Please use this identifier to cite or link to this item:
Authors: Sikder, Hillol
Keywords: Carcass characteristics, Drinking water, Feed conversion ratio, Levocarnitine, Weight gain.
Issue Date: Dec-2016
Publisher: A thesis submitted in partial fulfillment of the requirements for the degree of Master of Science in Animal and Poultry Nutrition Department of Animal Science and Nutrition Faculty of Veterinary Medicine Chittagong Veterinary and Animal Sciences University Chittagong-4225, Bangladesh
Abstract: One hundred Cobb 500™ broiler chicks were used in a 28-day trial at Chittagong Veterinary and Animal Sciences University poultry farm to evaluate the functional efficiency of levocarnitine in drinking water on performance and carcass parameters of broiler chickens. Birds were divided into five dietary treatment groups designated as T0, T1, T2, T3 and T4 and each treatment was further divided into two replicates having 10 birds per replicate. Levocarnitine was supplemented in drinking water at the rate of 0 mg/l, 25 mg/l, 50 mg/l, 75 mg/l and 100 mg/l respectively. All birds had free access to ad libitum feed and water. Results indicated that, levocarnitine supplementation in drinking water significantly increased body weight (p<0.001) over the whole rearing period. Highest average live weight (1736.0 g/bird) was recorded in the T4 group and the lowest (1650.2 g/bird) in the T0 group. A highly significant level of variations (p<0.001) in weight gain was found from 17.0 to 17.2 g/bird/day at 1st week and 54.9 to 58.2 g/bird/day at 2nd week, whereas variations (p<0.01) were also found from 70.9 to 78.1 g/bird/day at 3rd week as the level of levocarnitine supplementation increased from 0 mg/l to 100 mg/l. The feed intake decreased significantly (p<0.01) in the last week in relation with the lower to higher doses of levocarnitine. At the age of 4th week, the lowest average feed intake (137.7 g/bird/day) was recorded in the T4 group and the highest (148.4 g/bird/day) in T0 group. The feed efficiency was significantly improved (P<0.001) over the whole experimental period. The best feed conversion ratio (FCR) (1.4) was recorded in the highest level of levocarnitine supplemented group (100 mg/l) and the worst FCR (1.5) in the control group (0 mg/l). Supplementation of levocarnitine in drinking water significantly increased the dressing percentage (p<0.05), thigh weight (p<0.05), breast weight (p<0.01), spleen weight (p<0.05), thymus weight (p<0.01) and decreased (p˂0.01) the abdominal fat weight.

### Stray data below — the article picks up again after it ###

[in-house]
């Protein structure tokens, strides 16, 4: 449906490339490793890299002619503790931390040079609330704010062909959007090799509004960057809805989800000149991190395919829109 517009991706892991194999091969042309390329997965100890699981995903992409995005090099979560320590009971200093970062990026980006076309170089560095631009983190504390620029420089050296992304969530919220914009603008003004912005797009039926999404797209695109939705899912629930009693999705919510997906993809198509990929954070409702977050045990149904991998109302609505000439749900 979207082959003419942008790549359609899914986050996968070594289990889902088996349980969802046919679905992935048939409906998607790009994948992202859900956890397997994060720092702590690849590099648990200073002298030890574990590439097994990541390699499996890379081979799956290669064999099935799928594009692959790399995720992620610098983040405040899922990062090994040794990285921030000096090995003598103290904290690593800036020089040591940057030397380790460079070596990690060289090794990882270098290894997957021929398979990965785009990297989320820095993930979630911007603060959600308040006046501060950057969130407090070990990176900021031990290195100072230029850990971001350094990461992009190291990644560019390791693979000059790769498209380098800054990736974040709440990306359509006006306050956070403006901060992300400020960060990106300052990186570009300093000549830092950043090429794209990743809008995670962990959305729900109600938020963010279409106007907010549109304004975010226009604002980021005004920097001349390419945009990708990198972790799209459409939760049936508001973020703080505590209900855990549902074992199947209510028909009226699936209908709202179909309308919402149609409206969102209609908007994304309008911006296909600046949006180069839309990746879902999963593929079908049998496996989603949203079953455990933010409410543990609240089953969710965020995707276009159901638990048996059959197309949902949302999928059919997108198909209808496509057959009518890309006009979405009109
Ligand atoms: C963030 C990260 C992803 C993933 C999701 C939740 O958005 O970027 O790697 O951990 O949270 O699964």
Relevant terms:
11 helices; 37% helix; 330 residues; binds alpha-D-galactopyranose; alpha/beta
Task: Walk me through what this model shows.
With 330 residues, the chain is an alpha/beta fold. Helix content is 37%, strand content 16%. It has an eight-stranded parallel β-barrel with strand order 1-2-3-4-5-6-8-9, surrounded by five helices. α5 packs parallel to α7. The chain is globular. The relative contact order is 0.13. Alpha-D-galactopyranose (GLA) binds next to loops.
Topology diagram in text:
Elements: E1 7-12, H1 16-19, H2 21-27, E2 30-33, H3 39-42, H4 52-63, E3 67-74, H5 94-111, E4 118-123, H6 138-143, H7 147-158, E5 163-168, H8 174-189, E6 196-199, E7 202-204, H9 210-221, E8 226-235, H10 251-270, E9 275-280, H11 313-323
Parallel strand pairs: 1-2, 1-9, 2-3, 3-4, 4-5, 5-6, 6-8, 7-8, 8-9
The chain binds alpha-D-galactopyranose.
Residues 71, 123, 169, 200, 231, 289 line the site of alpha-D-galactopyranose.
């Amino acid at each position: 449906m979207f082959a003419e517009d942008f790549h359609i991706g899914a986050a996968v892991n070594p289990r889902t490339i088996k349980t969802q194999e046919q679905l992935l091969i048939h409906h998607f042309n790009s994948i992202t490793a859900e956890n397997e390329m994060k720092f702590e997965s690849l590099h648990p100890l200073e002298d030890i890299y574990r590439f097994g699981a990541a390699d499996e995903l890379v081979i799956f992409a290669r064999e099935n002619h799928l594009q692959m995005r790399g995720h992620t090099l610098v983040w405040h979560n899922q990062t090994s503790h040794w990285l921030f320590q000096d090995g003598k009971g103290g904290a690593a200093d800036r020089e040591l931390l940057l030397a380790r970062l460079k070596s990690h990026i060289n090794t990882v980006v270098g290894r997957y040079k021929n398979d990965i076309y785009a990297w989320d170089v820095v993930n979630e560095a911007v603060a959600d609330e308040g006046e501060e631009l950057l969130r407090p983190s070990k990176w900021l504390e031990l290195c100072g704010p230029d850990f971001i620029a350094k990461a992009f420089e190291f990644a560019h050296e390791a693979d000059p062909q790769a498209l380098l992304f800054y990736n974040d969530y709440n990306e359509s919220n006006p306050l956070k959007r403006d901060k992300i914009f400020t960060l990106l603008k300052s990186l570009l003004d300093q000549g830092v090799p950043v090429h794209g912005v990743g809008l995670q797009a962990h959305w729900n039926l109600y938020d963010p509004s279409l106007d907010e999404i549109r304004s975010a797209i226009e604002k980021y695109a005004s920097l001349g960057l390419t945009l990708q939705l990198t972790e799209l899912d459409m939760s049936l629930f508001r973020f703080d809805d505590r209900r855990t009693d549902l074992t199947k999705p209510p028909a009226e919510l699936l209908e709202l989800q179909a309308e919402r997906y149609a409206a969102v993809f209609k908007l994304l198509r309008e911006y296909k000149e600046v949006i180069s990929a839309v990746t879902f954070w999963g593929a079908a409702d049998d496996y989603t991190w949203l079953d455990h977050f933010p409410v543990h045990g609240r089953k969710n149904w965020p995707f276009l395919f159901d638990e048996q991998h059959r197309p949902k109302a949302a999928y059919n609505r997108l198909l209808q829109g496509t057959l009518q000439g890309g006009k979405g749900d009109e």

Appears in Collections:Thesis-MS

Files in This Item:
File Description SizeFormat 
Hillol Sikder (Thesis).docx1.13 MBMicrosoft Word XMLView/Open
HILLOL SIKDER Thesis.pdf1.07 MBAdobe PDFView/Open

Items in DSpace are protected by copyright, with all rights reserved, unless otherwise indicated.